This year the First Sunday of Advent happens to fall on the birthday of visionary poet and artist William Blake (1757-1827). And so it seems appropriate to post this poem, with its manifestation of hope in the midst of bleak reality.

I heard an Angel singing
When the day was springing,
“Mercy, Pity, Peace
Is the world’s release.”
Thus he sung all day
Over the new mown hay,
Till the sun went down
And haycocks looked brown.
I heard a Devil curse
Over the heath and the furze,
“Mercy could be no more,
If there was nobody poor,
And pity no more could be,
If all were as happy as we.”
At his curse the sun went down,
And the heavens gave a frown.
Down pour’d the heavy rain
Over the new reap’d grain …
And Miseries’ increase
Is Mercy, Pity, Peace.

—William Blake

United Nations Day

These drawings are from a couple of sketchbook-journals carried on visits to the beautiful gardens of Dumbarton Oaks in Georgetown, Washington, DC. However, I post them not for the sake of those lovely gardens themselves (to which the sketches don’t do justice) but in honor of today’s anniversary of the ratification of the charter for the brand-new United Nations. Perhaps some of you folks out there already knew that the foundation of its charter had been hammered out at Dumbarton Oaks. I only learned it recently.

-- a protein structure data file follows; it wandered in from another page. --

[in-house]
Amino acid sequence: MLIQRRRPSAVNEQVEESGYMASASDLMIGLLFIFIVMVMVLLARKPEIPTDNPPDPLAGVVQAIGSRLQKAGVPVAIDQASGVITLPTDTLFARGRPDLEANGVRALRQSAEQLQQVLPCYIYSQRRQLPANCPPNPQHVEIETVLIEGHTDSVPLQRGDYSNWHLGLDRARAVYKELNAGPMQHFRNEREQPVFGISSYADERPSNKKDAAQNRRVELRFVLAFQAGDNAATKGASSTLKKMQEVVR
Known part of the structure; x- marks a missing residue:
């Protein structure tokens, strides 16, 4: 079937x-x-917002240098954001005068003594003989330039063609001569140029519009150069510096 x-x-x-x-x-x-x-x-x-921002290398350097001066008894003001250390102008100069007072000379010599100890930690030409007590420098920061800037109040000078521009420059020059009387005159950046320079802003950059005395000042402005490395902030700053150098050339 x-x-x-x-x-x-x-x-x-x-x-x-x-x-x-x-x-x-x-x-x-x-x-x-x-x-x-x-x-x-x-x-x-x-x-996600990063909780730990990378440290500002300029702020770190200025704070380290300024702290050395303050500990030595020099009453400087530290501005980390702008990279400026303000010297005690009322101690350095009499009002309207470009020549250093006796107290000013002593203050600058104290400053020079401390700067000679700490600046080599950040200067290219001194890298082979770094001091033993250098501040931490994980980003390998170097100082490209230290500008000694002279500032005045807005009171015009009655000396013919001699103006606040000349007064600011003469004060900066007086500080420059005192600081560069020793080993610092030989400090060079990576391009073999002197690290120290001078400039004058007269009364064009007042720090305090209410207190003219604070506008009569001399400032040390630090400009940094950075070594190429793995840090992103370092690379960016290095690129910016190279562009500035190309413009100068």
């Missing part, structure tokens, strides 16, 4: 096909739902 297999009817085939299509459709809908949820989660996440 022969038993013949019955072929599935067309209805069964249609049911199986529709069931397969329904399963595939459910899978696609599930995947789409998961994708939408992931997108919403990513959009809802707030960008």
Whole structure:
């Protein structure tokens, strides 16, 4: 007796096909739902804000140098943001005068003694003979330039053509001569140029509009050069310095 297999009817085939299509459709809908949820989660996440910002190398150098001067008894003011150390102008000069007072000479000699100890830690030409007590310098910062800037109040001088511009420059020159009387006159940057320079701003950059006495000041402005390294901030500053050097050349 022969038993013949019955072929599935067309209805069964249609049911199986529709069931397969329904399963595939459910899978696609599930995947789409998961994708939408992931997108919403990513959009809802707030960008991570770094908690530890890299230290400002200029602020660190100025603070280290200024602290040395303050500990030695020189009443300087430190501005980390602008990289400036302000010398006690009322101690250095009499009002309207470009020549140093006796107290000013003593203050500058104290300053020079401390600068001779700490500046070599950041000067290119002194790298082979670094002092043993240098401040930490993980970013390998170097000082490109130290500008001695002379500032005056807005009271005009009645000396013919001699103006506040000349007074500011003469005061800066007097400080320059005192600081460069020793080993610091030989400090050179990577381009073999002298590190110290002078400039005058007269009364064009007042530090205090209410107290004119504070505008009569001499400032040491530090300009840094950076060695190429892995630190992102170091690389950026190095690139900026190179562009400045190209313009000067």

Dumbarton Oaks, built in 1801 as a private home, was purchased in 1920 by diplomat Robert Bliss and his wife Mildred. With Beatrix Ferrand they created the fabulous gardens and renovated the house, adding a music room for concerts and lectures, and a museum for their art collection. In 1940 they gave the property to Harvard University.